I walked into the kitchen, starting up a conversation as I did so – but there was no-one there. My Dad was actually two rooms away, along with everybody else in the house. I wasn’t scared because all of the lights were on and I was expecting to see my Dad. I was just baffled, and to this day I cannot explain it. So I know that there could be something out there.

Of course in the dark, and with your senses tingling with anticipation, the likelihood to see or hear something out of the ordinary must be heightened a thousand times. However, to be perfectly frank we didn’t see anything, or hear anything – bar the odd knocking and clanking noises – that could really convince us that there were supernatural forces at work.

The team from Lanarkshire Paranormal are used to this sort of thing, of course. As Steff – manager and co-founder – conceded, sometimes you do have a quiet night. It didn’t help that our group also contained some sceptics who, and they admitted this later, didn’t take things too seriously.

David Livingstone Centre - Ghost Hunt.Scepticism is fine – indeed paranormal investigators are sceptics; their job is to weed out the phenomena that can be explained from those that cannot, what are known as anomalies.

But as the night wore on, as everybody became increasingly tired and frustrated, the paranormal well almost dried up completely.

To be fair to the guys from Lanarkshire Paranormal, they patiently persevered, and took us into various rooms, arming us with infrared pen-style thermometers to check for cold spots and relentlessly taking pictures with their phones – each shot preceded by a warning of ‘Flash!’ to cover our eyes.

A number of other techniques were employed to bring out the spirits, from asking them politely to make a noise, to goading them into scaring us – all to no avail. For us, that was. For the Lanarkshire Paranormal team it was a different story altogether.

They experienced a number of weird and wonderful things – including the sound of footsteps and the rattling of a chain, and the form of a small child in the doorway of the schoolroom. Debbie also felt the presence of the dark, menacing entity for a large portion of the evening – why it had attached itself to her I’m not sure, but she had a torrid time.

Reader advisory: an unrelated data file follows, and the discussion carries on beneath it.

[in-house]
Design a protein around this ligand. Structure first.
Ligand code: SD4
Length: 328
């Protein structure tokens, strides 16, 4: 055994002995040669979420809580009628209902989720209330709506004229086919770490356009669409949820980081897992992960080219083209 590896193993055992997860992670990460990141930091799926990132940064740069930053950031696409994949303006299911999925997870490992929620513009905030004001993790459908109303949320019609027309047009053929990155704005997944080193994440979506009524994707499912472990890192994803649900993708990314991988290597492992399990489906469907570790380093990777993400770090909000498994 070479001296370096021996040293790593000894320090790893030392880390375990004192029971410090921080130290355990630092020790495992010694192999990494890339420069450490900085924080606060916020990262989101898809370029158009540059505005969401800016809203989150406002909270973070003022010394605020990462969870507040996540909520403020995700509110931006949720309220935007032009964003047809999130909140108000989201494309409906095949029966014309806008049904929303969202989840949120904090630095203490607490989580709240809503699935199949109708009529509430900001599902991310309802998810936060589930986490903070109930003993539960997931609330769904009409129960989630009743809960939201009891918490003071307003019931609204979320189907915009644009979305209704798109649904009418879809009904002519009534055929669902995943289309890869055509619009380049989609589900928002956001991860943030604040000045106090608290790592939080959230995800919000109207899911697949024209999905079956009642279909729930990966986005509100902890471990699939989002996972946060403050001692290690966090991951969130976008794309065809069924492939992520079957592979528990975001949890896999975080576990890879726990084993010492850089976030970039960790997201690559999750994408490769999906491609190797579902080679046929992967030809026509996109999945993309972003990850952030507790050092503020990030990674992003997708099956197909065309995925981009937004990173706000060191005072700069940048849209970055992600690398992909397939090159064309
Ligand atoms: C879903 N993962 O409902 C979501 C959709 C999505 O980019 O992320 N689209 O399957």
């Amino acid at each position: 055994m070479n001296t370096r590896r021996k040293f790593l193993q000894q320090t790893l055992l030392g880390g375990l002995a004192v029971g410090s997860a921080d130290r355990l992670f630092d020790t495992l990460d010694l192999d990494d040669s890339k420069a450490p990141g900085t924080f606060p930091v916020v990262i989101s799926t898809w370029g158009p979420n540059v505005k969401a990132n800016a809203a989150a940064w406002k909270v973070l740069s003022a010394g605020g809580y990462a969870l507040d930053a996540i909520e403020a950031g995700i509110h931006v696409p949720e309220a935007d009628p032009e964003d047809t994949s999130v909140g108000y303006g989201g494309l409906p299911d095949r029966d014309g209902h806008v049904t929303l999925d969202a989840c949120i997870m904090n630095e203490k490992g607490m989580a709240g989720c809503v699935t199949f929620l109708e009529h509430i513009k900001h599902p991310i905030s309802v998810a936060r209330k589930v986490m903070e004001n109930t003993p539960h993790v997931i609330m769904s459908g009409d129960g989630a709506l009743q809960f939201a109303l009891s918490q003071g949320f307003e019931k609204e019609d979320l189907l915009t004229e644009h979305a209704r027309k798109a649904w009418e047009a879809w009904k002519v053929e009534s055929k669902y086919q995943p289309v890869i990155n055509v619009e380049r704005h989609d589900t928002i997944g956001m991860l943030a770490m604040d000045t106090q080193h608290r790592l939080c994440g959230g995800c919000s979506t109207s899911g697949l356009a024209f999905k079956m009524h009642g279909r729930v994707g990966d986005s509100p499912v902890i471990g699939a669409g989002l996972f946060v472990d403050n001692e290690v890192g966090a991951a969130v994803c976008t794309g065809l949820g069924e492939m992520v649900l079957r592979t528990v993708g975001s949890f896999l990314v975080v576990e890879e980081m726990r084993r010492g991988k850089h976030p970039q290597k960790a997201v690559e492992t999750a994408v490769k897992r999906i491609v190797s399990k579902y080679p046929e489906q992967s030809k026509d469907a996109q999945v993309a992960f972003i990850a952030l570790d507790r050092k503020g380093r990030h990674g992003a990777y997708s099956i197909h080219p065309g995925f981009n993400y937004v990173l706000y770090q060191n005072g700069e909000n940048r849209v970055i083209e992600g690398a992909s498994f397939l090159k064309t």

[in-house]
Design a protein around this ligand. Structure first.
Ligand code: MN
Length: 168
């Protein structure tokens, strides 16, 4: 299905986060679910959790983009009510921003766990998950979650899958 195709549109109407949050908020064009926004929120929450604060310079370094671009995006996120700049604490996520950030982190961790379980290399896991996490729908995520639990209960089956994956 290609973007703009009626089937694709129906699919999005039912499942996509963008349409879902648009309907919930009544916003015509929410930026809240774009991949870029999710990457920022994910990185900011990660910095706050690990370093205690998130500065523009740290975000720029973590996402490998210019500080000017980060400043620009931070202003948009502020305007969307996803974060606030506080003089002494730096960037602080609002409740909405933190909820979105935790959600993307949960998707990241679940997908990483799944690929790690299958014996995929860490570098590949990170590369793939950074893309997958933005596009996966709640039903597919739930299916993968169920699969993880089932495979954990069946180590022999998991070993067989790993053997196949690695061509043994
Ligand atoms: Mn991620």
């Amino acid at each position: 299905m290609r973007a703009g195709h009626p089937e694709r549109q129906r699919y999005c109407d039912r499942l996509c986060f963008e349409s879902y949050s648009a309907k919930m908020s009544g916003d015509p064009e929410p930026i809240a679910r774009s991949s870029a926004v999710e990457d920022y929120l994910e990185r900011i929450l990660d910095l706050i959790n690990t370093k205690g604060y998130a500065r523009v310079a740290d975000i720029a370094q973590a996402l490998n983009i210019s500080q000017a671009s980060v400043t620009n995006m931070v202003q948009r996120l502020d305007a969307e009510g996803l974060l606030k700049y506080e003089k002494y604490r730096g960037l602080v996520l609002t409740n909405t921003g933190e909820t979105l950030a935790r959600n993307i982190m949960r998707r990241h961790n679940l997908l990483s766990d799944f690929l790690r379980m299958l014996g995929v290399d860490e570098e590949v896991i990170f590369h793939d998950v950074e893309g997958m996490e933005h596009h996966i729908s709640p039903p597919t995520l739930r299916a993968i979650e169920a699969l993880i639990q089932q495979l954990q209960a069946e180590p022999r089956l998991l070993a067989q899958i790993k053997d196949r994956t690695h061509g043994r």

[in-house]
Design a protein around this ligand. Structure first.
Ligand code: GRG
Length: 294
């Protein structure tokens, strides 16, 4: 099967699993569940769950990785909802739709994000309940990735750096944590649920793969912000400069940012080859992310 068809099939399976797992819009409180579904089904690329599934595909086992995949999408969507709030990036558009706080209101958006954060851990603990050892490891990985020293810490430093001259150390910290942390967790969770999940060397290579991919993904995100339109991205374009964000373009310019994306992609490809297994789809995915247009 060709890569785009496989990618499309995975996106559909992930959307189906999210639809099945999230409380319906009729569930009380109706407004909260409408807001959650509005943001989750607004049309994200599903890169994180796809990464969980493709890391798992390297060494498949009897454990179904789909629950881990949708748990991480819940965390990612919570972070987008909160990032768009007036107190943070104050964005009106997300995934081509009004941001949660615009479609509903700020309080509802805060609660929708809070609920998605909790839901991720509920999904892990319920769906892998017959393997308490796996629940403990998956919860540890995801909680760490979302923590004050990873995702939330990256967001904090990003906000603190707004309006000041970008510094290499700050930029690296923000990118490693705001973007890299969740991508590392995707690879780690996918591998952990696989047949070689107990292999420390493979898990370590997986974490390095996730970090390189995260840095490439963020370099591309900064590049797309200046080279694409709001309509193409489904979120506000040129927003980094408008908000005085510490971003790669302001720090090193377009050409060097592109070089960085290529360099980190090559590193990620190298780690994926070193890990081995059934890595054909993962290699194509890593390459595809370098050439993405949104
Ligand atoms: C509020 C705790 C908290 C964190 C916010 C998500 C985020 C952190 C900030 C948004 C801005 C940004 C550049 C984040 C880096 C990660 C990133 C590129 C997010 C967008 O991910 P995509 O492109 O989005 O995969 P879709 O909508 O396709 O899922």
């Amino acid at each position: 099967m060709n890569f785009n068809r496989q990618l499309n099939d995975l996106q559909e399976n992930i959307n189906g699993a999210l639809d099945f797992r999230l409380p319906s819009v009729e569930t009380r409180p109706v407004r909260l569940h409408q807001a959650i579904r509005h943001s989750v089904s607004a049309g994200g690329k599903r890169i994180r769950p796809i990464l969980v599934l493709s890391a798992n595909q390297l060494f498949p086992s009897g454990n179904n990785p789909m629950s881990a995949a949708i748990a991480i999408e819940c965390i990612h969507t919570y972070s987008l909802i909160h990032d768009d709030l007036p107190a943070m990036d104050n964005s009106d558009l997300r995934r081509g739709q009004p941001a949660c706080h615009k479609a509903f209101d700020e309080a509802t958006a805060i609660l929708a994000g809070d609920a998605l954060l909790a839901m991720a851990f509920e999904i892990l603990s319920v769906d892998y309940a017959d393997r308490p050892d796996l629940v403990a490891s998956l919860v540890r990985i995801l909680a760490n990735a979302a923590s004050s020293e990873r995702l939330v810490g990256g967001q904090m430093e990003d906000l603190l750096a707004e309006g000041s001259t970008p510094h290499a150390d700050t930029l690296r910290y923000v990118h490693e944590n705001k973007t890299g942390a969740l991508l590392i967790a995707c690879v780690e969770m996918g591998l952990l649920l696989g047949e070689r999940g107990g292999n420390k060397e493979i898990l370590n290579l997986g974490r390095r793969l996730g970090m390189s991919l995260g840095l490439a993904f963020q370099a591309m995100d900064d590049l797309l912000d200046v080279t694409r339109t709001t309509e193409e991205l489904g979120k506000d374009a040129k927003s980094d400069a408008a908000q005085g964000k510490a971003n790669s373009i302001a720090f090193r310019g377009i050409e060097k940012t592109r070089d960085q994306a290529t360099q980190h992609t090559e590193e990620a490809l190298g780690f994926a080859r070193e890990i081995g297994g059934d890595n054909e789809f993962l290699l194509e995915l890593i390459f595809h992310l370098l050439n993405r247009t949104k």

The area in which we were offered some glimpse of tangible evidence of the paranormal was in the control room, where TV screens were constantly relaying images from four night vision cameras that were positioned in various rooms in the Centre.

At various points during the night, a small spherical light would suddenly drift into view and then disappear – an orb. Orbs were also captured on some of the hundreds of camera phone images taken during the course of the night.

There are several explanations for orbs. In many cases they are merely flecks of dust caught in the lights; though these can usually be detected by an experienced investigator. Orbs can also, it is believed, be small balls of energy, or ghosts in the form of light – spirits that haven’t moved on for whatever reason.

We all saw them, as well as other light anomalies – mainly picked up on the camera phone images. We each had our own theories but the sceptics remained sceptical and I remained unconvinced, but my mind remained open.

Perhaps in a darker and spookier setting – one of Scotland’s many castles would fit the bill – and with a group of people more willing to enter into the ‘spirit’ of the occasion, I would experience more. Either way, I would recommend a night of ghost-hunting with Lanarkshire Paranormal…

…because you never know, there could be something out there.

Lanarkshire Paranormal, forthcoming investigations: 30 November – Craufurdland Castle, Kilmarnock; 1 March 2014 – Plane Castle, Stirling; 26 April 2014 – Castle Menzies, Perth. All 9pm-3am, £30 per person. Tel: 07792 559699,

Author: Tim Siddons